The “cost” crossover from gasoline to EV buying logic has arrived into 2023 for American buyers, with the passage of the 2022 Inflation Reduction Act’s tax incentives. For clean emission autos assembled in the U.S., tax credits of up to $7,500 are now available. Effectively, the price to purchase many new vehicles powered solely by electricity and battery storage is now lower upfront than traditional autos with fossil-fuel burning engines. Add into this equation maintenance costs will be lower each year (as fewer parts and systems are necessary for EVs to run), while the daily “expense” to power each vehicle will drop by 50% to 75% at $3.50 per gallon gasoline. You will not sacrifice acceleration and braking performance. Safety may actually improve, and warranties may cover more potential operating issues for longer periods of 5 to 10 years, than exist currently. Why wouldn’t you buy an EV starting in 2023-24, absent the long-distance cross-country trip excuse for slow battery recharging time?
While competition is great for consumers, it is horrible news for a company holding a huge share of this market. Tesla’s dominance could easily be ending in 18-24 months, especially as a variety of new EV entrants will probably turn into trendy hits with buyers.
In the end, both Volkswagen and GM believe they will be selling more EV cars than Tesla between 2025-26, only 3-4 years from now. So, Tesla could very quickly fall from the #1 seller worldwide to #3 or lower in the not-too-distant future. The only way the company may be able to stick around is through the offering of lower-priced, lower-margin vehicle designs. My main worry is peak earnings for Tesla may occur in 2023-24, followed by a steep dive, perhaps into a permanent operating loss position thereafter.
So, does an auto-industry record $950 billion in equity market capitalization make sense in September 2022? Is Tesla really worth more than the rest of the world’s auto industry COMBINED? My answers are NO. Plenty of risk is now part of the shareholder proposition, perhaps far greater downside than was baked into the investment equation a year or two ago. Below is a review of market caps vs. some of Tesla’s main competitors in the U.S., Europe and Asia. The group includes Ford, GM, Volkswagen, Mercedes-Benz (OTCPK:MBGAF) (OTCPK:DMLRY), Toyota, Honda, Nissan, Hyundai, BMW AG (OTCPK:BMWYY) (OTCPK:BAMXF) (OTCPK:BYMOF), Kia (OTCPK:KIMTF), and BYD (OTCPK:BYDDF) (OTCPK:BYDDY) a leading Chinese EV company partially owned by Warren Buffett’s Berkshire Hathaway (BRK.A) (BRK.B).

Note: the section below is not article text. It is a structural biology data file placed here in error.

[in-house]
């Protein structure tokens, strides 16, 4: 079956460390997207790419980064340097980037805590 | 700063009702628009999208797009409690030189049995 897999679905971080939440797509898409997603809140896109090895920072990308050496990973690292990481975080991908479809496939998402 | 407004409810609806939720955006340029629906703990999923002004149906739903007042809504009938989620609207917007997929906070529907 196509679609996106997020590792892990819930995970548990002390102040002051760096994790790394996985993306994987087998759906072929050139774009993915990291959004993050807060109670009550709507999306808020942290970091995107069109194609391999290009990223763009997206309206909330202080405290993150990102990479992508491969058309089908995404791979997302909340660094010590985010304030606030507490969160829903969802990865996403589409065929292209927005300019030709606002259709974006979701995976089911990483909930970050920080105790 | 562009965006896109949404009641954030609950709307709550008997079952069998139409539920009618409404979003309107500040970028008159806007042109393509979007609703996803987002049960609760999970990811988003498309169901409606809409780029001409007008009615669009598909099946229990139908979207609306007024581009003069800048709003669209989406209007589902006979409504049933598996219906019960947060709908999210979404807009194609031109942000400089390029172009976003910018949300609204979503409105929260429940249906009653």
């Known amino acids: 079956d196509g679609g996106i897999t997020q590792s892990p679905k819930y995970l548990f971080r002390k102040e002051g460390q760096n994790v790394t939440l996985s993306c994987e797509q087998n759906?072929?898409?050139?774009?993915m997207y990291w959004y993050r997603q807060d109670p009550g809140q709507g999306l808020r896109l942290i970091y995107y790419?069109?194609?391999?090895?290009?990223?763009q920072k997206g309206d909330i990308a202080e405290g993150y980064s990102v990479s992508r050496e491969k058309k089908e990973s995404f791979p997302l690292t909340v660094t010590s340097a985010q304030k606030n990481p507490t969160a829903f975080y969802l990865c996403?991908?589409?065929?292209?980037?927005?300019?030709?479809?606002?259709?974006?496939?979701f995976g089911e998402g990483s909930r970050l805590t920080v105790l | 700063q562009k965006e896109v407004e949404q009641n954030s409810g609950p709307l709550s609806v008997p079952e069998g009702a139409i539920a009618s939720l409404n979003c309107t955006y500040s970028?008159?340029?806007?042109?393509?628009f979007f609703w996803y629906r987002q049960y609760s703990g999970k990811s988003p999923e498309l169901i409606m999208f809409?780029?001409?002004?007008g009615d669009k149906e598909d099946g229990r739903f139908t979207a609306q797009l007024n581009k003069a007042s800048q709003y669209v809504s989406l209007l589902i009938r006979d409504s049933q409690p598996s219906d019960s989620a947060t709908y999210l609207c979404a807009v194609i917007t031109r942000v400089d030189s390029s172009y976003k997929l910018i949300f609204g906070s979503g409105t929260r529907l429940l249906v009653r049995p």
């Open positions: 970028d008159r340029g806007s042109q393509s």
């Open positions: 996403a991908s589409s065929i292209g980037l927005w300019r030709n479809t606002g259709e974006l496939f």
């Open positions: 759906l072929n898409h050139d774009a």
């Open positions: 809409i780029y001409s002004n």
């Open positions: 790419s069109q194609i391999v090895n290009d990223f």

A quick review of basic trailing valuations also argues Tesla is incredibly overvalued, especially if growth peaks in 2023 from real competition. Basic ratio analysis of price to sales and earnings, or EV to EBITDA comparisons screams Tesla is amazingly expensive.
While this richly-valued setting has been normal for Tesla the last three years, no serious competitive threats existed before now. Whether shareholders like it or not, we are entering a new era of intense competition. But that's not all the bearish news, rising interest rates and a slowing economy may have high-pointed Tesla’s valuation during January-February 2021, around the time of maximum meme-stock frenzy buying on Wall Street.
My biggest concern is Tesla's profit margins are peaking. Competition will dramatically change the pricing outlook for electric vehicles, potentially dragging operating results closer to breakeven or into loss territory a few years out. That's how free-market capitalism and supply/demand forces work.